The Facts on Alcohol
There's so much conflicting information regarding drinking alcohol blasting at us these days. A glass of red wine is good? Is even drinking at all a good idea?
It's a matter of proportion.
The facts are these. First, alcohol affects women more than men. Because men tend to be heavier in muscle mass, their bodies can process slightly more alcohol with fewer negative consequences than women's. But there's something else: the amount of an enzyme known as gastric alcohol dehydrogenase that's produced.
Women naturally produce less of this than men and, thus, are less likely to break down alcohol. Because of this difference, it's important that women take extra caution with alcohol consumption.
It's a fact that women who drink one alcoholic beverage a day have a lower risk of developing heart disease than those who don't drink at all. Also, it's been found that those with coronary artery disease who have a daily drink have been found to have less blood vessel stiffness, which may increase blood supply to the heart.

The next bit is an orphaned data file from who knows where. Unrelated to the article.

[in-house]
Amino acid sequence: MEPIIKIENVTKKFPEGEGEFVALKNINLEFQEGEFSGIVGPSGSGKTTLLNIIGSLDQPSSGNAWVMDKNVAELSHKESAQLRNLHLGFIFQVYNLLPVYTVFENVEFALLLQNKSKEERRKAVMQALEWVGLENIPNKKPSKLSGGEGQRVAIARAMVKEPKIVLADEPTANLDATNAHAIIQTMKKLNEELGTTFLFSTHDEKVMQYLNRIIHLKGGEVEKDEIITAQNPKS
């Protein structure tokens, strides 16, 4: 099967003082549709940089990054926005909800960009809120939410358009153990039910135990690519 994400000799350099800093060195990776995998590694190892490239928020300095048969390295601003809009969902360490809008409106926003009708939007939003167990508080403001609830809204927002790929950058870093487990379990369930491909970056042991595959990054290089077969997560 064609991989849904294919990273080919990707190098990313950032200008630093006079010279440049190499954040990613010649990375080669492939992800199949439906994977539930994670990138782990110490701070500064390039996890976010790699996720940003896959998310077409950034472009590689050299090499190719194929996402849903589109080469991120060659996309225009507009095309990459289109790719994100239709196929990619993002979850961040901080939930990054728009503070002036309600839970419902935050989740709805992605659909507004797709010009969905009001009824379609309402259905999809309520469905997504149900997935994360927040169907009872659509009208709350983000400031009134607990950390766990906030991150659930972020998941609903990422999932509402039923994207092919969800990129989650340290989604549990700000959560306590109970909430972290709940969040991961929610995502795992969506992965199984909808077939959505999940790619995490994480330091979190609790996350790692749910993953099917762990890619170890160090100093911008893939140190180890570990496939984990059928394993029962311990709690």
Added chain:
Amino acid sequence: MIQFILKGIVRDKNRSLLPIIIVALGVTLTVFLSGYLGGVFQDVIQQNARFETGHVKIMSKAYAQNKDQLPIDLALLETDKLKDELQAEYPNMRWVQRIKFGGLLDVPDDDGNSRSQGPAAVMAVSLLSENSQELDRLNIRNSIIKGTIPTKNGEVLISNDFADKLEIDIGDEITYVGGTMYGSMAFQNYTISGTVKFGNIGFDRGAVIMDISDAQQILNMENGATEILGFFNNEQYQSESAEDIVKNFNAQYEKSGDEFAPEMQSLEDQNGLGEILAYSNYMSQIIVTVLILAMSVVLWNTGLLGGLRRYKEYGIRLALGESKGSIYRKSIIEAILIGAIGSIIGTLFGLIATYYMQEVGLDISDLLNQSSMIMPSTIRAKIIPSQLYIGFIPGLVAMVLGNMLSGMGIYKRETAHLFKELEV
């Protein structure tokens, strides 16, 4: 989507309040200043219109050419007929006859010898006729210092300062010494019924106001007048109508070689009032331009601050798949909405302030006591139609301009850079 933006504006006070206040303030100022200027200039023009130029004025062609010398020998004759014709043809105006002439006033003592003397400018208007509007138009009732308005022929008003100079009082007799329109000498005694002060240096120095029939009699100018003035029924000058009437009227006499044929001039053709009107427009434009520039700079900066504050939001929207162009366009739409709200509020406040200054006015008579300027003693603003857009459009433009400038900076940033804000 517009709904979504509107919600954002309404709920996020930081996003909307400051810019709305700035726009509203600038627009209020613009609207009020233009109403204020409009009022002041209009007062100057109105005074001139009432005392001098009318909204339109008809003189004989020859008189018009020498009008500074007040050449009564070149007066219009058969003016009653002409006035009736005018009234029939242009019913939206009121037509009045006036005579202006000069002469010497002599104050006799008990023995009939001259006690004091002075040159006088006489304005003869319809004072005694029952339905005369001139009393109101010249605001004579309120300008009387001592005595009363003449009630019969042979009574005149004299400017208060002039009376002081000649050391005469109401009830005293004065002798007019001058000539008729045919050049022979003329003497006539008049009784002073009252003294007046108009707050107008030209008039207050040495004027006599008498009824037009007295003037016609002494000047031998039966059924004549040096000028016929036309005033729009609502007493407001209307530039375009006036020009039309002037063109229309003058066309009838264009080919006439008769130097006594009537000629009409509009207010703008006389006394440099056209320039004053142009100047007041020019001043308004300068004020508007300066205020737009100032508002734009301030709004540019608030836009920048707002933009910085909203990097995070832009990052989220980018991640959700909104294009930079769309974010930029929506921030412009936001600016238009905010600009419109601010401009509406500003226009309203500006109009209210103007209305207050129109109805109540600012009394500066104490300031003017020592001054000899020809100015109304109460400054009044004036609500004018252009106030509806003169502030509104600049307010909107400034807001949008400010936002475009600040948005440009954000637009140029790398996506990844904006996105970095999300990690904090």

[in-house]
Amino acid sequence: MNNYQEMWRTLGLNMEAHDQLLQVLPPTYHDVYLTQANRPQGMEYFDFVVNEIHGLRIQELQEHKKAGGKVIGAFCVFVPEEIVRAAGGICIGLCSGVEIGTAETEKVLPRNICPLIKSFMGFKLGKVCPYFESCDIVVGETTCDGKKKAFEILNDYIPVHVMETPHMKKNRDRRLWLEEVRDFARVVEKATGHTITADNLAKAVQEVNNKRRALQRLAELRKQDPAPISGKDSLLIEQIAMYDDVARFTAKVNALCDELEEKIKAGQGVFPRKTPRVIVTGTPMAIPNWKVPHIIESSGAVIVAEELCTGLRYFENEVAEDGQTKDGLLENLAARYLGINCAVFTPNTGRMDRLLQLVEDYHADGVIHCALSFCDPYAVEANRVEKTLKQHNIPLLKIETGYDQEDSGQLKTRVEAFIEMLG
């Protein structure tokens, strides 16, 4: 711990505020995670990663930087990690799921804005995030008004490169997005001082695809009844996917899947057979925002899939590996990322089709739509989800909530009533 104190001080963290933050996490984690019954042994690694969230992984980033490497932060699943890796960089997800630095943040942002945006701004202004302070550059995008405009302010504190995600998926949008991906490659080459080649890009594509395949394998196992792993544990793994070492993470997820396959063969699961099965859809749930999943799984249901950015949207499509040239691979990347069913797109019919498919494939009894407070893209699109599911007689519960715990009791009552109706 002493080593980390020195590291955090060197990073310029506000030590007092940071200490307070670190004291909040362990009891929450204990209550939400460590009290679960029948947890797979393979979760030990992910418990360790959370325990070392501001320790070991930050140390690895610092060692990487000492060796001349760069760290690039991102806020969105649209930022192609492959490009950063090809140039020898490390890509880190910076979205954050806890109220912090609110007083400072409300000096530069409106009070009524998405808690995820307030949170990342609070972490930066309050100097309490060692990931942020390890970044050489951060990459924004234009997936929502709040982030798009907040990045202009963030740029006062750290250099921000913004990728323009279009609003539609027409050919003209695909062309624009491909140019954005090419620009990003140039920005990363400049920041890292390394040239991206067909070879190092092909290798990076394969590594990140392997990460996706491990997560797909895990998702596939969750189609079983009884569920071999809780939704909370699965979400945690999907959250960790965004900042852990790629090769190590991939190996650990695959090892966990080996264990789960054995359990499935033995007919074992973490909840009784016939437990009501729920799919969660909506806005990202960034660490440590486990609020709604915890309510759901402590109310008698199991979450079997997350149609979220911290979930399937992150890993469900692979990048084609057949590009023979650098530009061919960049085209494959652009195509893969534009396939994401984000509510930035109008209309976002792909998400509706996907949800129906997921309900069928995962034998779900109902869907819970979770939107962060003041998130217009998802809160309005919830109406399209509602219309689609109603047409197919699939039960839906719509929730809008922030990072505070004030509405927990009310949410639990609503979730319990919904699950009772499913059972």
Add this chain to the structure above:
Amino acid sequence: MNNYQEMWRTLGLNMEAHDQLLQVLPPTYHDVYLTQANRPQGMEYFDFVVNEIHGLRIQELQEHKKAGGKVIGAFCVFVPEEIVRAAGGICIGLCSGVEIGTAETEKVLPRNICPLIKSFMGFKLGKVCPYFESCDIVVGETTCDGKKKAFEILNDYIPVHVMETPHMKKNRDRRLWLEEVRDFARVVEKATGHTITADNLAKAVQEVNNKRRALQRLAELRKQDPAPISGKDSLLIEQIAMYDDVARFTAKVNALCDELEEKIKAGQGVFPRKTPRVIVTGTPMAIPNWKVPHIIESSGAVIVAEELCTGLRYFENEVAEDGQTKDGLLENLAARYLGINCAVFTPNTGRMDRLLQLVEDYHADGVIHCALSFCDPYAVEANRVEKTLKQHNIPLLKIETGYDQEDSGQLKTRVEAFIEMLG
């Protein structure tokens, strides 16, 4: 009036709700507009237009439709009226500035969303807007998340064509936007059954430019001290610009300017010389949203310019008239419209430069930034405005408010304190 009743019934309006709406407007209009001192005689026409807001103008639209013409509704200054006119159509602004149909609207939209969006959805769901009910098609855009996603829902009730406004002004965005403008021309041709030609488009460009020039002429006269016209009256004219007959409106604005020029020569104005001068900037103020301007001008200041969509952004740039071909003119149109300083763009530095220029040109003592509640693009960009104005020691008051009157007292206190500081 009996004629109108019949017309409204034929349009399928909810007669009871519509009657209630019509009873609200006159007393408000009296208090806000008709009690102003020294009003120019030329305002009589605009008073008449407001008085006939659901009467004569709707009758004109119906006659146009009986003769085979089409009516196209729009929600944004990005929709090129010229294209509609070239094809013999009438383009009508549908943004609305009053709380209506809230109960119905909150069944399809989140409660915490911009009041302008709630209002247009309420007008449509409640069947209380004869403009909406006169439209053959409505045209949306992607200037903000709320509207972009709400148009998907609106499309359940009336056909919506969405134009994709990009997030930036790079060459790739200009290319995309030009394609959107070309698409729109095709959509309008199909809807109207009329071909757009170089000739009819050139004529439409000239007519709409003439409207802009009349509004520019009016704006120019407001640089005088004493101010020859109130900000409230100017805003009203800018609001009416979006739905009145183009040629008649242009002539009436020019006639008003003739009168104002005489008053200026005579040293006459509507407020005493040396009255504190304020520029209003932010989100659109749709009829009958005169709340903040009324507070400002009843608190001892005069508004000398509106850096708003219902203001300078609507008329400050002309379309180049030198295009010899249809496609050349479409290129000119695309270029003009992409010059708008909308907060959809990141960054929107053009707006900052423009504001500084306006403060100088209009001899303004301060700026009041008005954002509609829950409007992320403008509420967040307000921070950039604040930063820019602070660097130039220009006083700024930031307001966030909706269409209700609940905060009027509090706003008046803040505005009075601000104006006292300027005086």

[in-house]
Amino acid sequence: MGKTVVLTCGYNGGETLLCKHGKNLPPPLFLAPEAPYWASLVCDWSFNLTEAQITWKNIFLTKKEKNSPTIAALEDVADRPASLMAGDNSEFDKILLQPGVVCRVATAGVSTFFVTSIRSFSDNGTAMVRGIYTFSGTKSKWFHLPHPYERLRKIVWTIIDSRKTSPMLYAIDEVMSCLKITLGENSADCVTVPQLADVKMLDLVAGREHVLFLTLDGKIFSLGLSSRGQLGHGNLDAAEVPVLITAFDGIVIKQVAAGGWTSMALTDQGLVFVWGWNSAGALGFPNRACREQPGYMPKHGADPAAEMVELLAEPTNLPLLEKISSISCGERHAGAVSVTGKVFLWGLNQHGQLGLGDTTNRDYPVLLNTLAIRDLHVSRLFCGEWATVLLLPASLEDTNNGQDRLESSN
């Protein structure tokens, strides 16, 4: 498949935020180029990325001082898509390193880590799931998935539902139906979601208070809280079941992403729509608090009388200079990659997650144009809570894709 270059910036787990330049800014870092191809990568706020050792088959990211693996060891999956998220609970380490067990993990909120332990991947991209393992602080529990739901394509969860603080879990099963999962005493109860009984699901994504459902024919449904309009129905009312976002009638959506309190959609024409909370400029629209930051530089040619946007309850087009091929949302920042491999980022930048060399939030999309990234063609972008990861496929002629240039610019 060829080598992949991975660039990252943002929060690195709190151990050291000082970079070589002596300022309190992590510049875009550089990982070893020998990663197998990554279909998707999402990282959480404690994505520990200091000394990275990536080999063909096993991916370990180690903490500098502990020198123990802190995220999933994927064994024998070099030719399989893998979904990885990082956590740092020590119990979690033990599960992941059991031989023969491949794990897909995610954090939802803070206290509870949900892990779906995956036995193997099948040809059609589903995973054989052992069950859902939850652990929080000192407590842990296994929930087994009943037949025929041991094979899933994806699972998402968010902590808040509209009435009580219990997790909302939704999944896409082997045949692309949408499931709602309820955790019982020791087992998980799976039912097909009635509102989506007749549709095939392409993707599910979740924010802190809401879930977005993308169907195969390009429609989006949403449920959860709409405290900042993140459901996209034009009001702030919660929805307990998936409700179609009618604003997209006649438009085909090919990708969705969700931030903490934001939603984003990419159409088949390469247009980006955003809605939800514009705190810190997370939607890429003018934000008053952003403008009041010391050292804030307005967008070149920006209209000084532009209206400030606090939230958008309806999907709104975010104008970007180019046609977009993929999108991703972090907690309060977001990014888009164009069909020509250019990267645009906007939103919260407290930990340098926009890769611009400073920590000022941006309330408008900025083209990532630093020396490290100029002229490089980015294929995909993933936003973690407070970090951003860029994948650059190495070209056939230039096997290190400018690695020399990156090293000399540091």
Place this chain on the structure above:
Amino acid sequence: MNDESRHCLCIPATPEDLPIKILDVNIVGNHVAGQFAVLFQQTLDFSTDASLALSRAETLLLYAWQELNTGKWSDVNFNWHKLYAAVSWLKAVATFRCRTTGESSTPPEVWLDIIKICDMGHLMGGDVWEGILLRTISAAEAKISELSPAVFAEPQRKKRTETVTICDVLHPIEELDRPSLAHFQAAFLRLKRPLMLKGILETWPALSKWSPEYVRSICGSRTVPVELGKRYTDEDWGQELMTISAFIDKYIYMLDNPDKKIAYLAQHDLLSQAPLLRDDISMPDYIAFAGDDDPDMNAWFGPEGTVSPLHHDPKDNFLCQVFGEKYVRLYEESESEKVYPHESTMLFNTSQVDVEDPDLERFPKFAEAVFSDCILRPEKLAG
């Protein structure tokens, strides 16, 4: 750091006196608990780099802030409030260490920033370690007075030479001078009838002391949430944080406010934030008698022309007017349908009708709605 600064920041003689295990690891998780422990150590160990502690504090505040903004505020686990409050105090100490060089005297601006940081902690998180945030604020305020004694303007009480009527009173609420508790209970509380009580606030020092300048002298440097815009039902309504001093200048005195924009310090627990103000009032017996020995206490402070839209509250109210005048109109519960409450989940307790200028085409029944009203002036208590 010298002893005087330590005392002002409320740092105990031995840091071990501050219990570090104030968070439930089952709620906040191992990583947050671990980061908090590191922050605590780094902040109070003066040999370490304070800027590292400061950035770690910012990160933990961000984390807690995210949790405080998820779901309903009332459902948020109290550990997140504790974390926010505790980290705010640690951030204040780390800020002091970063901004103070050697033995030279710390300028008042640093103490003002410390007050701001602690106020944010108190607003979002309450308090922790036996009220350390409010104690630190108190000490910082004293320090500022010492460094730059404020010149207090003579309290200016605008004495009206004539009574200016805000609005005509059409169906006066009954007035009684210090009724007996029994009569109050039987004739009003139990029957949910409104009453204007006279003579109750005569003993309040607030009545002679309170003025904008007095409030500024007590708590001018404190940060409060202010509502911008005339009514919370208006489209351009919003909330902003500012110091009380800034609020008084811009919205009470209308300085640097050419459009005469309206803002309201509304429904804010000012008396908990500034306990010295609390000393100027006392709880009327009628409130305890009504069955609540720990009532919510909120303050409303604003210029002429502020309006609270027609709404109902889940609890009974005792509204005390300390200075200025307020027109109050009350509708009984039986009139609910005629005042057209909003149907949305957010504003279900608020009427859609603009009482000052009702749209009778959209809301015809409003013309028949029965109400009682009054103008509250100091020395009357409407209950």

But it's an American tendency to believe that, if one of something is good for you, then five must be better. It doesn't work that way with alcoholic beverages, and it's important to recognize that.
Dentally speaking, there are also positives and negatives. On one hand, a mixer-free shot of vodka is probably less hazardous than caramel candies, which coat the teeth with a sticky goo that practically begs for cavities. On the other hand, every kind of alcohol—most notoriously drinks with sugary mixes—are chock-full of their own types of sugar.
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